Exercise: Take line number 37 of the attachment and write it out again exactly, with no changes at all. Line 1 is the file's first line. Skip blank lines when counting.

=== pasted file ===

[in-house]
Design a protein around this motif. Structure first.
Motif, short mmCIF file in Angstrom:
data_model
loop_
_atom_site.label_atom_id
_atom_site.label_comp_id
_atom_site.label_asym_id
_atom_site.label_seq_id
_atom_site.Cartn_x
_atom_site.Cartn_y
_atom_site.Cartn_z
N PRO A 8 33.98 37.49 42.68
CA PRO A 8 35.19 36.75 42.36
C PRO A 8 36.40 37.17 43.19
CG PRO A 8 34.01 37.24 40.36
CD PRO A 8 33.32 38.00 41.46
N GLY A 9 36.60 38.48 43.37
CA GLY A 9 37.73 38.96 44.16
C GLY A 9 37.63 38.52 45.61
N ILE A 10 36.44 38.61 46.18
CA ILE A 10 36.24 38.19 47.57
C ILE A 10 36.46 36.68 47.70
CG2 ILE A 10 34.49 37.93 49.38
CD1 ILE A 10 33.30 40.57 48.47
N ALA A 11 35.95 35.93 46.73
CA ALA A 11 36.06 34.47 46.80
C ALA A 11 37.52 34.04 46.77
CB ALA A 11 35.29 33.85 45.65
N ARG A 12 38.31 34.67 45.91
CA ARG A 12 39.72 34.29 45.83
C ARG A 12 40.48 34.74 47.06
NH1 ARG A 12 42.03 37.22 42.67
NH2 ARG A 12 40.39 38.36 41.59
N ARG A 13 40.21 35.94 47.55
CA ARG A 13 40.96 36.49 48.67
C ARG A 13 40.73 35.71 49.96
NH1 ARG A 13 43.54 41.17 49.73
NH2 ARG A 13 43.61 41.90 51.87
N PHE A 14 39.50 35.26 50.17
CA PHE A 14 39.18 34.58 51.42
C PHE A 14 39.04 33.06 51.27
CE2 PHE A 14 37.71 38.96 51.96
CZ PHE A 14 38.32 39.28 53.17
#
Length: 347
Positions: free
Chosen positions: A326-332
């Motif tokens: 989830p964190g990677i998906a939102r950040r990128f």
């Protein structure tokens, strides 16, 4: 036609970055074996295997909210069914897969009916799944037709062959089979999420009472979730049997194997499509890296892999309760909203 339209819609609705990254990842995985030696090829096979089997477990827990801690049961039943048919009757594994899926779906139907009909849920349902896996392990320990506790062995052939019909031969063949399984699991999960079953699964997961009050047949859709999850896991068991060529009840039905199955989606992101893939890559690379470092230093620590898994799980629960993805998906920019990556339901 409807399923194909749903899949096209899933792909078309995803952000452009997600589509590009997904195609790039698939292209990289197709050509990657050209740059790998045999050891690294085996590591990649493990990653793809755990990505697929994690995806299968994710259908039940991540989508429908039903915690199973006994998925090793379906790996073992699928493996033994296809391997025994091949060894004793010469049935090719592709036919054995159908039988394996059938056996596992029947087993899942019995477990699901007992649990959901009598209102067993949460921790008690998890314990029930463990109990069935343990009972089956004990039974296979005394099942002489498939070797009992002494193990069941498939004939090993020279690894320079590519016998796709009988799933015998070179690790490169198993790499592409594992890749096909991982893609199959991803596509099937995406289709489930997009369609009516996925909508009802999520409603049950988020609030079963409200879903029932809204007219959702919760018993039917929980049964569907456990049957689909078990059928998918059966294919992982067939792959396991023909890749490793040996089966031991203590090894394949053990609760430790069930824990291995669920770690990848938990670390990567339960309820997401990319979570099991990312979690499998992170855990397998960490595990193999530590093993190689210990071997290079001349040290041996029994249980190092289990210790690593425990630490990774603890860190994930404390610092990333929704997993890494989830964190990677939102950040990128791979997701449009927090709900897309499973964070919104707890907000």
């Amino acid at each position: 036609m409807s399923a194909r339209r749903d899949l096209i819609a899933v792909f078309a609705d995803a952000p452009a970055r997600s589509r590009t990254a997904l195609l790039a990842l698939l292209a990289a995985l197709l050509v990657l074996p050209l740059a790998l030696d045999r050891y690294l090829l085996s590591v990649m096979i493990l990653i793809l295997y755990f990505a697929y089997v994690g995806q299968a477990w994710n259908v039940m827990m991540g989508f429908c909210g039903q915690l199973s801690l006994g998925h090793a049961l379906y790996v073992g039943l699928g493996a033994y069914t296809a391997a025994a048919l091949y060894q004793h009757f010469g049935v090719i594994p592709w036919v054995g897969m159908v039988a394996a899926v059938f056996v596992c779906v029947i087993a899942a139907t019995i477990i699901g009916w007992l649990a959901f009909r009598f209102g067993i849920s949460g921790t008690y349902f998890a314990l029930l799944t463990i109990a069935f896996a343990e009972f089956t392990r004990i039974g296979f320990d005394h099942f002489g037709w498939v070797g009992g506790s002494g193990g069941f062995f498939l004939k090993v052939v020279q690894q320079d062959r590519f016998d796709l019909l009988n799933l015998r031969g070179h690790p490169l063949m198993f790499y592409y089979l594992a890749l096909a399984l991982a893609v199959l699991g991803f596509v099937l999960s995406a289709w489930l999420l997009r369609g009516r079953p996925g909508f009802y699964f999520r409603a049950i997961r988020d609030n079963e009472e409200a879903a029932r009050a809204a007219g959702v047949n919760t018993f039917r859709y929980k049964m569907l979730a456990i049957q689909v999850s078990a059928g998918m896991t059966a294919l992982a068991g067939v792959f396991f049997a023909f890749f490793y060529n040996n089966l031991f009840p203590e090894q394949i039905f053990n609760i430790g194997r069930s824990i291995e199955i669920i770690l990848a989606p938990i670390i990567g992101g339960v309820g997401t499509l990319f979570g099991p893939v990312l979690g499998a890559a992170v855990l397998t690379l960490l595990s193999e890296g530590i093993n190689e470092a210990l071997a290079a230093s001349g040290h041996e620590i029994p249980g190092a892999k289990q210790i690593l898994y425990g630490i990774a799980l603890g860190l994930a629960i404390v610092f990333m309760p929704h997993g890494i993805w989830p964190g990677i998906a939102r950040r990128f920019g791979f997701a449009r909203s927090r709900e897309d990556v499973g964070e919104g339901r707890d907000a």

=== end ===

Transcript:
C ARG A 13 40.73 35.71 49.96